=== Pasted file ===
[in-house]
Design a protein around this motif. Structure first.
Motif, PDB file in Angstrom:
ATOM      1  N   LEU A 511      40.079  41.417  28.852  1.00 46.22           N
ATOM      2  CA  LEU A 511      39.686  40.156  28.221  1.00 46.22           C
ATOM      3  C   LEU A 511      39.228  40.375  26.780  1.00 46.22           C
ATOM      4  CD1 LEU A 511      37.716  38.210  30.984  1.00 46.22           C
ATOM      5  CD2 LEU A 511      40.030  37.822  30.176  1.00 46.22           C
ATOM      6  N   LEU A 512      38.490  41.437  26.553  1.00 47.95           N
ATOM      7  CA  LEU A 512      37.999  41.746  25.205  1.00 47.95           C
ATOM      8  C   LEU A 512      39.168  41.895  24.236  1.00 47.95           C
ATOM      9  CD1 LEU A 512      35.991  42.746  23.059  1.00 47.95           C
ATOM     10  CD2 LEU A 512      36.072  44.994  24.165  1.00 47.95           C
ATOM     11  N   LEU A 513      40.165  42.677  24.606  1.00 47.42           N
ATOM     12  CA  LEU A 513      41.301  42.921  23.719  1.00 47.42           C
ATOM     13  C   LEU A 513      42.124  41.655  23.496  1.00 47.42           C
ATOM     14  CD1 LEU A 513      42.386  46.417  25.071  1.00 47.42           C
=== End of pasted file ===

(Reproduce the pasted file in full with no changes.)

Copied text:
[in-house]
Design a protein around this motif. Structure first.
Motif, PDB file in Angstrom:
ATOM      1  N   LEU A 511      40.079  41.417  28.852  1.00 46.22           N
ATOM      2  CA  LEU A 511      39.686  40.156  28.221  1.00 46.22           C
ATOM      3  C   LEU A 511      39.228  40.375  26.780  1.00 46.22           C
ATOM      4  CD1 LEU A 511      37.716  38.210  30.984  1.00 46.22           C
ATOM      5  CD2 LEU A 511      40.030  37.822  30.176  1.00 46.22           C
ATOM      6  N   LEU A 512      38.490  41.437  26.553  1.00 47.95           N
ATOM      7  CA  LEU A 512      37.999  41.746  25.205  1.00 47.95           C
ATOM      8  C   LEU A 512      39.168  41.895  24.236  1.00 47.95           C
ATOM      9  CD1 LEU A 512      35.991  42.746  23.059  1.00 47.95           C
ATOM     10  CD2 LEU A 512      36.072  44.994  24.165  1.00 47.95           C
ATOM     11  N   LEU A 513      40.165  42.677  24.606  1.00 47.42           N
ATOM     12  CA  LEU A 513      41.301  42.921  23.719  1.00 47.42           C
ATOM     13  C   LEU A 513      42.124  41.655  23.496  1.00 47.42           C
ATOM     14  CD1 LEU A 513      42.386  46.417  25.071  1.00 47.42           C